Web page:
How to Prepare for an Interview…
There are many things to consider when interviewing with a potential employer, especially in a face-to-face scenario versus a telephone interview, but here are a few helpful reminders for you:
1) DO YOUR HOMEWORK! Research is perhaps the most crucial cornerstone to success in an interview. Read all you can about the company you’re interviewing with and be prepared to talk intelligently about their position in the industry. This will show the hiring manager that you are indeed interested in the company and not just passively interviewing or “feeling things out”. They want to know that you’re motivated and proper preparation will show them that you are.
2) Bring a copy of your resume to physically hand a hiring manger during a face-to-face interview. Sometimes they will already have one in hand, but it can’t hurt to bring one anyways. That way the hiring manager can go down your resume and talk to you in some more detail about your experiences and relevant skill sets.
3) Dress appropriately, professionally, and two levels above the position you are interviewing for.
4) Show up early. Leave plenty of time for surprises and make sure you arrive 10-15 minutes before the interview is scheduled. Showing up late is NOT an option!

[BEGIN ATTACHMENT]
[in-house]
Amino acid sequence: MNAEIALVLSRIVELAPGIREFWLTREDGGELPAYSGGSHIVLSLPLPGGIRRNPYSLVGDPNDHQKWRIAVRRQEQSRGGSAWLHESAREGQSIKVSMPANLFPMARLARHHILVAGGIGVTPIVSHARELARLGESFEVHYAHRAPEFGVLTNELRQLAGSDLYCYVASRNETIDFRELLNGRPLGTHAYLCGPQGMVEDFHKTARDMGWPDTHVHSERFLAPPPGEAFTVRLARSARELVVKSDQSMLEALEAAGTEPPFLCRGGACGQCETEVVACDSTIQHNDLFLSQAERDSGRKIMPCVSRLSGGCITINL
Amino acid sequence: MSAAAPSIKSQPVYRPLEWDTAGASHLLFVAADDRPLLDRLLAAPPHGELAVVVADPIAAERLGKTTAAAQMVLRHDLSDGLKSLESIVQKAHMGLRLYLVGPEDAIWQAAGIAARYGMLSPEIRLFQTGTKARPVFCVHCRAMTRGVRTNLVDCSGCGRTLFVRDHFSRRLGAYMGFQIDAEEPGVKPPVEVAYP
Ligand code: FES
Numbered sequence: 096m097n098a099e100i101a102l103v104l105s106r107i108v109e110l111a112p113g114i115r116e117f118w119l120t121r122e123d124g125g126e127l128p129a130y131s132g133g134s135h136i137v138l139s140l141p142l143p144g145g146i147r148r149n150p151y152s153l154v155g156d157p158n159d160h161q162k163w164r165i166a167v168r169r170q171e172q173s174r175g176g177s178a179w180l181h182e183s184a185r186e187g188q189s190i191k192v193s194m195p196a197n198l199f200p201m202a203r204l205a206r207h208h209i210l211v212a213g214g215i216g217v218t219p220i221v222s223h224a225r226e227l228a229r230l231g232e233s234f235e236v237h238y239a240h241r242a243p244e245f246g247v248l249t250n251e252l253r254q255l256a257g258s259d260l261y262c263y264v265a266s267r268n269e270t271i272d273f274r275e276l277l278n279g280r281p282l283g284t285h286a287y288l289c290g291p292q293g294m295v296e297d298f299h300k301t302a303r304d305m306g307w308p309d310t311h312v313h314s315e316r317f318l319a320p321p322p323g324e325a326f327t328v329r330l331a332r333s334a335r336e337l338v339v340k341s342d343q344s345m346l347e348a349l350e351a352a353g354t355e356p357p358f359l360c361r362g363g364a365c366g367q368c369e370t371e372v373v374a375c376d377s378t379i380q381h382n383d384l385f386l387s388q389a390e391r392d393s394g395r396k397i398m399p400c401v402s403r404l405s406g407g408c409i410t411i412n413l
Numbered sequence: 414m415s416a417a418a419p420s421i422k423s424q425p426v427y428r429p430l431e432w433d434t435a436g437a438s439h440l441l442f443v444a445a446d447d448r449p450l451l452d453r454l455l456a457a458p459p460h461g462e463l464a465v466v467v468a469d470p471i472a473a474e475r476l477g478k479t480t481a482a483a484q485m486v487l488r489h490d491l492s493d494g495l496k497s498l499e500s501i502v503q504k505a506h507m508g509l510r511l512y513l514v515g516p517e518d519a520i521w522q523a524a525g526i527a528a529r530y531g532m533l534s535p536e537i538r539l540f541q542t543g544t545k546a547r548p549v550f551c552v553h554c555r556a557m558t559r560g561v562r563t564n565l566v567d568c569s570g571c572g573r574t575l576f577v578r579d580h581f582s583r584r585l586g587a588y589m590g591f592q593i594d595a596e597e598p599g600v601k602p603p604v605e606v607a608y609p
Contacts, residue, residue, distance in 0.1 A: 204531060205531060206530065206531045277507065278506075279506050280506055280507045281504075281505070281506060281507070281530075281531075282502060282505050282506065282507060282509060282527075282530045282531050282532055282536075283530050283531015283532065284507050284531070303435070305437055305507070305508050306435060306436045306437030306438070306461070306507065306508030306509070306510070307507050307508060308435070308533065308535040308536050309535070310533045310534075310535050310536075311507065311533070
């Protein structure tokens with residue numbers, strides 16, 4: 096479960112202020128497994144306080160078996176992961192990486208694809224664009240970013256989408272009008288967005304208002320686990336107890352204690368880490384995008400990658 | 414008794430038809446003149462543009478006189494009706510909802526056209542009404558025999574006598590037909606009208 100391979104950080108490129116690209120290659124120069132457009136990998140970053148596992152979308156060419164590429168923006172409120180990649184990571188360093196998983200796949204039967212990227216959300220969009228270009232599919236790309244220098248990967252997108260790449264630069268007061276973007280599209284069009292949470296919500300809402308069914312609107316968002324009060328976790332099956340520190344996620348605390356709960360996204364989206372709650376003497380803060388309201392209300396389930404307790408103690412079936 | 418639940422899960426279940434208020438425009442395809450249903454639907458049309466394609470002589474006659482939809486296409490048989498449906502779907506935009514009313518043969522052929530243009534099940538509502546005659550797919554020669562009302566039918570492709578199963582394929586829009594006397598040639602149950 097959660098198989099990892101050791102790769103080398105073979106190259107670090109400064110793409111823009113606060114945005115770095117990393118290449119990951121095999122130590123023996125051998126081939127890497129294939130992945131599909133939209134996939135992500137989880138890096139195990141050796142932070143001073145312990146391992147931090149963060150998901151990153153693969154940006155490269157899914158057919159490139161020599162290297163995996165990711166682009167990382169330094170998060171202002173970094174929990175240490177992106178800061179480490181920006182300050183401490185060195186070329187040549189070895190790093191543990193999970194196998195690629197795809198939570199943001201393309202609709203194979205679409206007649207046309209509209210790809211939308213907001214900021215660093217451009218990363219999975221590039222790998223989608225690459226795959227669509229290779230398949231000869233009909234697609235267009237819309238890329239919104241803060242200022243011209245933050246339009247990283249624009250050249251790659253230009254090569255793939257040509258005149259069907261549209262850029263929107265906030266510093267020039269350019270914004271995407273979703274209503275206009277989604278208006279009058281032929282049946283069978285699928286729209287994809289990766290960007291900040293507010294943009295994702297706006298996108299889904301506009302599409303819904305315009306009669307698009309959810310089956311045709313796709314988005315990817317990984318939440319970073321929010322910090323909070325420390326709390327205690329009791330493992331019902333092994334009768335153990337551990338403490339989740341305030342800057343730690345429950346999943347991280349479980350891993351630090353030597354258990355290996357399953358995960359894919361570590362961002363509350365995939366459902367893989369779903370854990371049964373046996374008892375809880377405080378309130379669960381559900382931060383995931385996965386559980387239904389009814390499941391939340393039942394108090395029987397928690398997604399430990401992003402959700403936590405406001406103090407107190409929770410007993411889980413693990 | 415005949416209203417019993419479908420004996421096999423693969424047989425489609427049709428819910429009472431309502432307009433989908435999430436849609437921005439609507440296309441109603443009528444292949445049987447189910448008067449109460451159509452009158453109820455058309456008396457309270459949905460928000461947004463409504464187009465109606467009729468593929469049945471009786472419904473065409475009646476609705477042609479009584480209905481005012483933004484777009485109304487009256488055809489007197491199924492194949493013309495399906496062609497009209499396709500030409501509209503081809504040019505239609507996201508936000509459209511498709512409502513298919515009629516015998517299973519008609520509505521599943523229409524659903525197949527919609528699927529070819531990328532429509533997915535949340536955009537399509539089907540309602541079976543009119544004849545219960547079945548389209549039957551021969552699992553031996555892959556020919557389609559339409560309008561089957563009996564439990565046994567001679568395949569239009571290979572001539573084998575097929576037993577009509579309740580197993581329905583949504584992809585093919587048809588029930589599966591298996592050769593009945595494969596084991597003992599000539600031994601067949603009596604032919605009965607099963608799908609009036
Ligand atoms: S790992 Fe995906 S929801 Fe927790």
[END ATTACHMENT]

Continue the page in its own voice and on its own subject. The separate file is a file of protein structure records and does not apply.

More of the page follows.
5) Listen more than you talk. Ask leading questions and try to get the interviewer to describe the position in detail as early in the interview as possible. That way you can relate your skills and background to the position as described. As a rule of thumb, the hiring manager should talk 60% of the time and you should talk 40%.
6) Don’t let your guard down. It’s nice to build rapport, but don’t become too comfortable in the interviewing process. Don’t say more than is necessary. I can’t tell you how many times I saw a candidate talk their way OUT of a job because they let their guard down. Don’t make this mistake. Continue to sell yourself throughout!
7) Don’t ask questions about salary in the initial interview. This shows the hiring manager that you are only motivated by monetary gains and no one wants to see that. They want to see that you’re interested in the position first and foremost, not the money.
8 ) Don’t answer questions with a simple “yes” or “no”. Explain things in detail whenever possible, but don’t go overboard. Make sure your stay on point and don’t veer from the context of the situation. Be sincere and keep in mind that you alone have the power to sell yourself to the interviewer. Help them to realize why they NEED you within their organization.
9) Close the sale. At the end of every interview, make sure to ask the interviewer what the next step is. Push them to commit to a follow-up and continue to stay in contact with them without being invasive and annoying.
These are just a few things to consider, but follow these simple rules and you’ll be well on your way to success! Best of luck to you!
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